The Product/81 team was able to put our inspiration search into overdrive thanks to coincidence of arriving during what feels like festival season in Tokyo. We’ve stumbled upon everything from Jamaican Fest to Ramen Fest, but the two most productive finds so far have been the Good Design Exhibition in Ropongi Hills and Tokyo Design Week.
Although both festivals were not necessarily dedicated to tech as they featured things like consumer goods, furniture and even developments in paper – we found a few things that really had us feeling like we took a glimpse into the future and a few others that were just cool.
1. Mind control curtains
As we explored the Good Design exhibits in the Midtown Tokyo mall, a maze of billowing white curtains on the back lawn caught our attention. Not only because the structure held together by a metal framework appeared to be opening and closing on its own, but because of the line of people waiting to stand on a podium facing the curtains facing the display. We learned that a simple, geeky looking headset connected to an iPad could track the brainwaves of participants, allowing them to open and close the curtains based on their level of concentration. The appropriate reaction is, “get the ‘eff outta here.” We each took turns and although with some delayed results, the system did in fact work. Although similar games have been on the market for a while, we had never experience it on this scale. Once this technology is perfected it could have limitless applications – controlling the devices you interact with in daily life with just a thought.
2. E-Paper Accessories
On sight this simple white display by Sony seemed like one of the many smartwatch setups at the fair. We get it, they’re the future. We still can’t get exited about anything besides the Apple watch. But then we noticed that the watches, along with all the other fashion accessories like bags and glasses were changing colors and patterns on their own. Holy shit. The technology is an e-paper, similar to what’s in a Kindle for example. This might seem fun yet trivial on the surface, and the items themselves were not very cool, but think of the application on a large scale. Instant and unlimited customization to any surface.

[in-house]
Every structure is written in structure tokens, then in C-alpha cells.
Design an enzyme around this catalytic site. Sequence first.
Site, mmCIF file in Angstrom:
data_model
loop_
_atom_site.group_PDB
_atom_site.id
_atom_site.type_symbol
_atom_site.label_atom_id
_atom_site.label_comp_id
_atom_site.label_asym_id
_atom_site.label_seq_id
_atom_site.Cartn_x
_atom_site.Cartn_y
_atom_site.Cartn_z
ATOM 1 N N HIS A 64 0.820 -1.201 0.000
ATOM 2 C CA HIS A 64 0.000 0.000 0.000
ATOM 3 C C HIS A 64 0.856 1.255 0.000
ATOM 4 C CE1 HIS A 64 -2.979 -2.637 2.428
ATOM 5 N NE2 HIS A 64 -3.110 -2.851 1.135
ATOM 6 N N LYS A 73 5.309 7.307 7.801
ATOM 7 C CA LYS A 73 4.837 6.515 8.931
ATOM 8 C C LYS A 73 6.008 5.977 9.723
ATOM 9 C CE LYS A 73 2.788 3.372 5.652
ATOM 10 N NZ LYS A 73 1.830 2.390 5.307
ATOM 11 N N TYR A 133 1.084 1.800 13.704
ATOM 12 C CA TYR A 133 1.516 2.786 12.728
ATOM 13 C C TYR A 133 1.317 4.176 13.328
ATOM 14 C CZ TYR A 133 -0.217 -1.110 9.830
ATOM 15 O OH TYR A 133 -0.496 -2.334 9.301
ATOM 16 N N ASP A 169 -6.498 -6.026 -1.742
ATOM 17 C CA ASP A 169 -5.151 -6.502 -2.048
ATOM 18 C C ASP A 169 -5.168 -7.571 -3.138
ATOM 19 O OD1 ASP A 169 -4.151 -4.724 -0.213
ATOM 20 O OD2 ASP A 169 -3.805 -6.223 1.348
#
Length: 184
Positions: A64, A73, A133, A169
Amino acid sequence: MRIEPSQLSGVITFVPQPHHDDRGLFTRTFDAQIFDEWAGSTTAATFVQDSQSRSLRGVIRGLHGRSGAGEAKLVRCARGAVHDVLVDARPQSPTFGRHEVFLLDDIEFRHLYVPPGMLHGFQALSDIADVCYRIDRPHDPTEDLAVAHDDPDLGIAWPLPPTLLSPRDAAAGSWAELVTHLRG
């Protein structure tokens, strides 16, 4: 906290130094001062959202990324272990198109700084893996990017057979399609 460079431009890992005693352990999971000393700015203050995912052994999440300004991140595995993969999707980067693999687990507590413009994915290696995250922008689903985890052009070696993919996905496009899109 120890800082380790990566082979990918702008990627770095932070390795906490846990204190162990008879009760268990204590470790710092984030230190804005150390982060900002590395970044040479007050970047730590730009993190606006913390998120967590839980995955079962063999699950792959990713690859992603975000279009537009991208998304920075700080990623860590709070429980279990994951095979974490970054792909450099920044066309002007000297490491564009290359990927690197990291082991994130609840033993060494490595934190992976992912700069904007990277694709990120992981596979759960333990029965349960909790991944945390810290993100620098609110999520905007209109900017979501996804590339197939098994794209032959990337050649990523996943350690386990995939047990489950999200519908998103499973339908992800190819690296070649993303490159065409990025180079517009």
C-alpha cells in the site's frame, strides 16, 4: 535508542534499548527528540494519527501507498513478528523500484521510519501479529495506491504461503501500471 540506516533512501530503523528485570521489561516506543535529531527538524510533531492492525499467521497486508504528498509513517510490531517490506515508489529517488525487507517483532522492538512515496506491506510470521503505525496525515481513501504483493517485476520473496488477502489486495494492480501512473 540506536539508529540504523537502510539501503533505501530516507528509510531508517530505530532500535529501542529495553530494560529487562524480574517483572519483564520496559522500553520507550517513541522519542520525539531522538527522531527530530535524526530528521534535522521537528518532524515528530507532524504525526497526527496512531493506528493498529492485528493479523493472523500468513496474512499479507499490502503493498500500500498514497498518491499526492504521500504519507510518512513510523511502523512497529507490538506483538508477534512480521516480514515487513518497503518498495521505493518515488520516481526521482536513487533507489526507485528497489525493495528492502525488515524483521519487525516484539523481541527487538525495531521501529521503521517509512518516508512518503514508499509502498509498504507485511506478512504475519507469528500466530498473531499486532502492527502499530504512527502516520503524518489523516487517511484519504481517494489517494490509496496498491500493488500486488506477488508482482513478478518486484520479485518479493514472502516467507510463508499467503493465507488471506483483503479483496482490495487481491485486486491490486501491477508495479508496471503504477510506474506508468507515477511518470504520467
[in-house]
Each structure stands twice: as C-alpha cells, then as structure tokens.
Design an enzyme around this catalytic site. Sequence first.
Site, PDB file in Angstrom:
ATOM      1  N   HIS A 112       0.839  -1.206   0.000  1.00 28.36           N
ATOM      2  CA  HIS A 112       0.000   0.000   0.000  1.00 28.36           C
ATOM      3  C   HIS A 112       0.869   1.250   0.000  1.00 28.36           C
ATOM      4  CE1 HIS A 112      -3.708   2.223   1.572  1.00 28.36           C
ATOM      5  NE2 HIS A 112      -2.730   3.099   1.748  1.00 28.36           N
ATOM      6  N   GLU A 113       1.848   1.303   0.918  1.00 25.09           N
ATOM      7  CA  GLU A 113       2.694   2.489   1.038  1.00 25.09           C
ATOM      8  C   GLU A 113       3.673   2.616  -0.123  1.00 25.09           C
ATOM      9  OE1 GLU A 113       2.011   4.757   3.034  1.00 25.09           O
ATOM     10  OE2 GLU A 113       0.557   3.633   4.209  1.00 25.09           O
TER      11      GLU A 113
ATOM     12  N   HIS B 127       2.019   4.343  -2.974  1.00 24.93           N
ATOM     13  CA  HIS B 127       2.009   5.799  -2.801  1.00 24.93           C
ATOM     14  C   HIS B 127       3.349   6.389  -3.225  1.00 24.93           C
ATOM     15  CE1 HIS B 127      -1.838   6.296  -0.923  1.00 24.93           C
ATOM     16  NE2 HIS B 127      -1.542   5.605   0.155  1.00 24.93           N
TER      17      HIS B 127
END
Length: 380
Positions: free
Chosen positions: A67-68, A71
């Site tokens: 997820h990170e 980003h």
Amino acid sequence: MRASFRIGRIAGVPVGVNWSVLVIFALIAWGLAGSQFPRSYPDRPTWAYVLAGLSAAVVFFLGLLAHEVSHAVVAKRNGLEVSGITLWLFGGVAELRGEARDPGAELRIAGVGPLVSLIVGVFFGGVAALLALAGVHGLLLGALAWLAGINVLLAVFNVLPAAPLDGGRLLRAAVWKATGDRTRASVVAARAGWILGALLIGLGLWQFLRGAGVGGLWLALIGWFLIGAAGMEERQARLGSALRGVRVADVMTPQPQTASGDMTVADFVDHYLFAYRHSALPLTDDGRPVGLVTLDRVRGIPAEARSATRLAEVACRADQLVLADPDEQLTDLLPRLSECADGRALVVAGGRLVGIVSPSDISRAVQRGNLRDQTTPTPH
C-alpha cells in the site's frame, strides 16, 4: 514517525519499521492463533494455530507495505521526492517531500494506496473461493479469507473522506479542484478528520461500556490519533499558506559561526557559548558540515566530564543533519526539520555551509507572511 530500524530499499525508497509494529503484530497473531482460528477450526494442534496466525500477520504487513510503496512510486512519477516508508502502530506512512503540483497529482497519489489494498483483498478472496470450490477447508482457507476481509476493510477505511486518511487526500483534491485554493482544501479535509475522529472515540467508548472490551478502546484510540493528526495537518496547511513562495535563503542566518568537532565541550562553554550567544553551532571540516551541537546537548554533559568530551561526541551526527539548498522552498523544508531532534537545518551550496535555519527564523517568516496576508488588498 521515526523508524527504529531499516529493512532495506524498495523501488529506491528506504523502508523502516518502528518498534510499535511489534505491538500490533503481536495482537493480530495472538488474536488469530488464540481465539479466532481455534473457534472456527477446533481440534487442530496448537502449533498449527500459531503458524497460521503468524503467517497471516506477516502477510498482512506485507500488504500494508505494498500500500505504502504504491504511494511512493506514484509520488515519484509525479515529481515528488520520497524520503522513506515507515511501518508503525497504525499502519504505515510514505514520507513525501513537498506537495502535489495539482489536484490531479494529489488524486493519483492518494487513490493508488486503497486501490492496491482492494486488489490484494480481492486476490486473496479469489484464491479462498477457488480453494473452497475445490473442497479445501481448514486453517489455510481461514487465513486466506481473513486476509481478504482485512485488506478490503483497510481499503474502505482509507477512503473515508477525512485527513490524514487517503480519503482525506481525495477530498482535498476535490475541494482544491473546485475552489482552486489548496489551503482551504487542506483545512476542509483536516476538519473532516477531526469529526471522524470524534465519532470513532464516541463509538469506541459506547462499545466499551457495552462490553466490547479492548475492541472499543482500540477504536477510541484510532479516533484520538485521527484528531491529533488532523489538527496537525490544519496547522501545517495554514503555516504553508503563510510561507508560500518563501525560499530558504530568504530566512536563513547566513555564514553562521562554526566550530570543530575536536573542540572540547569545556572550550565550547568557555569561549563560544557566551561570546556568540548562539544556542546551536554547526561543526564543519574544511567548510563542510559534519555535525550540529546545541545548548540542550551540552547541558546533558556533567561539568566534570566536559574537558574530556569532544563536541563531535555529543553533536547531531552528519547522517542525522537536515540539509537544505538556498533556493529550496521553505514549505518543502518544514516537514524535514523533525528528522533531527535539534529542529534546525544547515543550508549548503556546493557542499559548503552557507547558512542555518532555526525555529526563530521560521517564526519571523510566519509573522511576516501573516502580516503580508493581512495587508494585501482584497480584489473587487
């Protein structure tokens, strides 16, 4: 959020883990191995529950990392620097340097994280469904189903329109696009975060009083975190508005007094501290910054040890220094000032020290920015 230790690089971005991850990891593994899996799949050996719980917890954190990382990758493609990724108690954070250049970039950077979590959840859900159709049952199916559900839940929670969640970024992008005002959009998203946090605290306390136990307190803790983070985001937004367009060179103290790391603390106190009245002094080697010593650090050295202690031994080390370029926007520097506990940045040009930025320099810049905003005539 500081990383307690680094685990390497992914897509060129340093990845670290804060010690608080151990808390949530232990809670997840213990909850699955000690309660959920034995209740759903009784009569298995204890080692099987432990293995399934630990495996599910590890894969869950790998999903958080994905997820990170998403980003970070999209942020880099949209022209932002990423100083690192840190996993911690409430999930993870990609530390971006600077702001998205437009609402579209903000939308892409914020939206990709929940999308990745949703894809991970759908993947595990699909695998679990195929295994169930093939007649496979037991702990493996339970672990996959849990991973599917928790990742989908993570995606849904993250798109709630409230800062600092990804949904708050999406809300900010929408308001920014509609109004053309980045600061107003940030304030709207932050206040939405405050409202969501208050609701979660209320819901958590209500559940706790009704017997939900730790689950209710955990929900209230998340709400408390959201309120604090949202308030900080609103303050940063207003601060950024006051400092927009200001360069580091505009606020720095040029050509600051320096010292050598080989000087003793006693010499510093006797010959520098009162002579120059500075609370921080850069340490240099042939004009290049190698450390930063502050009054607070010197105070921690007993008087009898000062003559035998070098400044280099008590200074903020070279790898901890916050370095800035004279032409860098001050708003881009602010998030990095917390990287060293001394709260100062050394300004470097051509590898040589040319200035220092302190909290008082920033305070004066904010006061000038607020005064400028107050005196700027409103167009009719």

3. Synesthesia Suit
This prototype was produced for multi sensory VR game called Res Infinite by the Keio University School of Media Design. The suit contains 26 actuators that vibrate along the body to simultaneous music and lights. But the suit is way more than a haptic feedback setup that just rumbles or vibrants. The really fascinating part was that actuators mimic the feel of any surfaces, like the roughness of sandpaper or the bumpiness of cobblestones to a really high degree of accuracy. The suit is part of the university’s Embodied Media project that focuses on future media technology and how they create human experiences.
4. The Standing Chair
There’s not much to the Tatiisu standing chair. We would’ve called it the leany-thing because that’s pretty much what it is. But once you try it you realize just how ingenious and useful it is. The chair is design to encourage standup work for desk or manufacturing workers while still being comfortable – people that are either standing or sitting for long periods of time. This has longterm health benefits and we could easily see it becoming a standard piece of office furniture.
5. The Music Mimic
It’s just weird. A curved, cadaverous finger tapping away on its own. But once you program your rhythm into the tapboard and maybe slide a little xylophone under the finger, the result is pretty fun. The creator couldn’t exactly explain the applications of his invention outside of “music,” but that could’ve just been the language barrier. Still, the music mimic had us do a double-take as something we’d never seen before.